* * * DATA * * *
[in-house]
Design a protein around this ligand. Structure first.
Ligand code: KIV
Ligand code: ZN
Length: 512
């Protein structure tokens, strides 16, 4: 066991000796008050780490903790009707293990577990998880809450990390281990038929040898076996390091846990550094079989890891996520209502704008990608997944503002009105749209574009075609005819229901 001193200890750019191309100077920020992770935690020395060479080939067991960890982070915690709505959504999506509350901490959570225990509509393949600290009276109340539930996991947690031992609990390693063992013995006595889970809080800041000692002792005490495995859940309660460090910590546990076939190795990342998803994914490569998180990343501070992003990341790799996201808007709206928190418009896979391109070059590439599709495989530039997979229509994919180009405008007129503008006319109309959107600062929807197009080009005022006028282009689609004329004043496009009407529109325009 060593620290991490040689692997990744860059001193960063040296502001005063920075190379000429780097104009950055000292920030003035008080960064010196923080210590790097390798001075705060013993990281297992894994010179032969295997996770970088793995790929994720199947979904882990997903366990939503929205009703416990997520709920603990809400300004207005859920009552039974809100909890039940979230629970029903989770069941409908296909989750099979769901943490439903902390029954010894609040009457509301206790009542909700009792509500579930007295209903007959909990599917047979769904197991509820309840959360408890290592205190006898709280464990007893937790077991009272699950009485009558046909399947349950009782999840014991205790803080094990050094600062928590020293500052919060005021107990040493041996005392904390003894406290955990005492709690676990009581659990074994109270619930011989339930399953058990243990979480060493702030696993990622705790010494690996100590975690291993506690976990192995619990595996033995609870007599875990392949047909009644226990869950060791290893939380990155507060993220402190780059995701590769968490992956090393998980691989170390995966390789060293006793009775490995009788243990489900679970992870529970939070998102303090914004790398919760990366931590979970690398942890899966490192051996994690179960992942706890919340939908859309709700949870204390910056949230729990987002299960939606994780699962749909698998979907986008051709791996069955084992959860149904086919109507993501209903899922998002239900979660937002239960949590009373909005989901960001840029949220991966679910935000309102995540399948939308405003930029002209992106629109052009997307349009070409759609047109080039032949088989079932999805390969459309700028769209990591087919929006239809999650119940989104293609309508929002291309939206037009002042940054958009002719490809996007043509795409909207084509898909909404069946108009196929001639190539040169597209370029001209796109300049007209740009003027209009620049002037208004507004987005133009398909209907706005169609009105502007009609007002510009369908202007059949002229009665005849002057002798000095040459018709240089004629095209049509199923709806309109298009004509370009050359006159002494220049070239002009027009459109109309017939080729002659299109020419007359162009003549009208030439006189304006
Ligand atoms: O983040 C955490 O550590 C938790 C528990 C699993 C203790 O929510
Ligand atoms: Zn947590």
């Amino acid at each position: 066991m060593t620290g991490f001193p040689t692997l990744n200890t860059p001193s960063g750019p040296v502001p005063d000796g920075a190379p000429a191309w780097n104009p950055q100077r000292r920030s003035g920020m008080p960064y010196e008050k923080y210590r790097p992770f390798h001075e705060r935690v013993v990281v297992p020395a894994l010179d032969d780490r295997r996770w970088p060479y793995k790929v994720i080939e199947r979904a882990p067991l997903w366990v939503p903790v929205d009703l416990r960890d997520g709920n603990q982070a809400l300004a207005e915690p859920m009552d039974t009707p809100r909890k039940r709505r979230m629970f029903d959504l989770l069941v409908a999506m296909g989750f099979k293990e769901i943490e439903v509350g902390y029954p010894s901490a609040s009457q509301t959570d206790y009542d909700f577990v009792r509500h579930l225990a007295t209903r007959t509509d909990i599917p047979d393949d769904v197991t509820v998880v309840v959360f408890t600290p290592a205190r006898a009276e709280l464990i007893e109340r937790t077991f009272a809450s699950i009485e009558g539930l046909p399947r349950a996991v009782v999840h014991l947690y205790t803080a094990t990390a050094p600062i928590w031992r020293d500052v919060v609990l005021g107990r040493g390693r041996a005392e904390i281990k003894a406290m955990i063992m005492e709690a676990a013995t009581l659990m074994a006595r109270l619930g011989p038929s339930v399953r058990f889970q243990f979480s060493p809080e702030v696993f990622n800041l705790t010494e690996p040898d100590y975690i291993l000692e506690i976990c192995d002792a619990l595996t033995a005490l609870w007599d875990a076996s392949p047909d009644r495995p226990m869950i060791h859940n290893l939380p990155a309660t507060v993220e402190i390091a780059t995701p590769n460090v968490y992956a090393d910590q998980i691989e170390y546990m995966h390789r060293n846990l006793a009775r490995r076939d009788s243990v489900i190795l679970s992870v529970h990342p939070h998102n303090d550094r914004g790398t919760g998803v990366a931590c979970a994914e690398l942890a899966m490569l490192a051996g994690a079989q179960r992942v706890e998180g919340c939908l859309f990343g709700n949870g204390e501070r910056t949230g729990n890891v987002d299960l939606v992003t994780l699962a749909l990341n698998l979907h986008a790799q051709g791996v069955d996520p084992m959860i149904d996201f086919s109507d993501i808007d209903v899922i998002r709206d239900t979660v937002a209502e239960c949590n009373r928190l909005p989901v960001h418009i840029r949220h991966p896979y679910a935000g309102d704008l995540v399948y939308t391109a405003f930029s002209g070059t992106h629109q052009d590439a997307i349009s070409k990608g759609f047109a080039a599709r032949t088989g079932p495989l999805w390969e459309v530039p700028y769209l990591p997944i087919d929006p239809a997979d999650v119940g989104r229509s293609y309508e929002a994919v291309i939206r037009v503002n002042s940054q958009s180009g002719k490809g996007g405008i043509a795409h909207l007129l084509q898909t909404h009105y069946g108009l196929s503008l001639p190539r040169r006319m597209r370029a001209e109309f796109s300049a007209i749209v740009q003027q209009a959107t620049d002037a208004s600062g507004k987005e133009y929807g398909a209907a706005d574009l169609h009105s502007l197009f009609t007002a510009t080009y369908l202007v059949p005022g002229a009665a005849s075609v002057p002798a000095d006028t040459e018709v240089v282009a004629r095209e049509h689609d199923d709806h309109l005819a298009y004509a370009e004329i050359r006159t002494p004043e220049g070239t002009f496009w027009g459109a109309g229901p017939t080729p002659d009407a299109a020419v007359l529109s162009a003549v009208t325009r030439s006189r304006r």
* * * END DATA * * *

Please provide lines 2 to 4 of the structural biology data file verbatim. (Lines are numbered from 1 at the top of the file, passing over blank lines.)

Design a protein around this ligand. Structure first.
Ligand code: KIV
Ligand code: ZN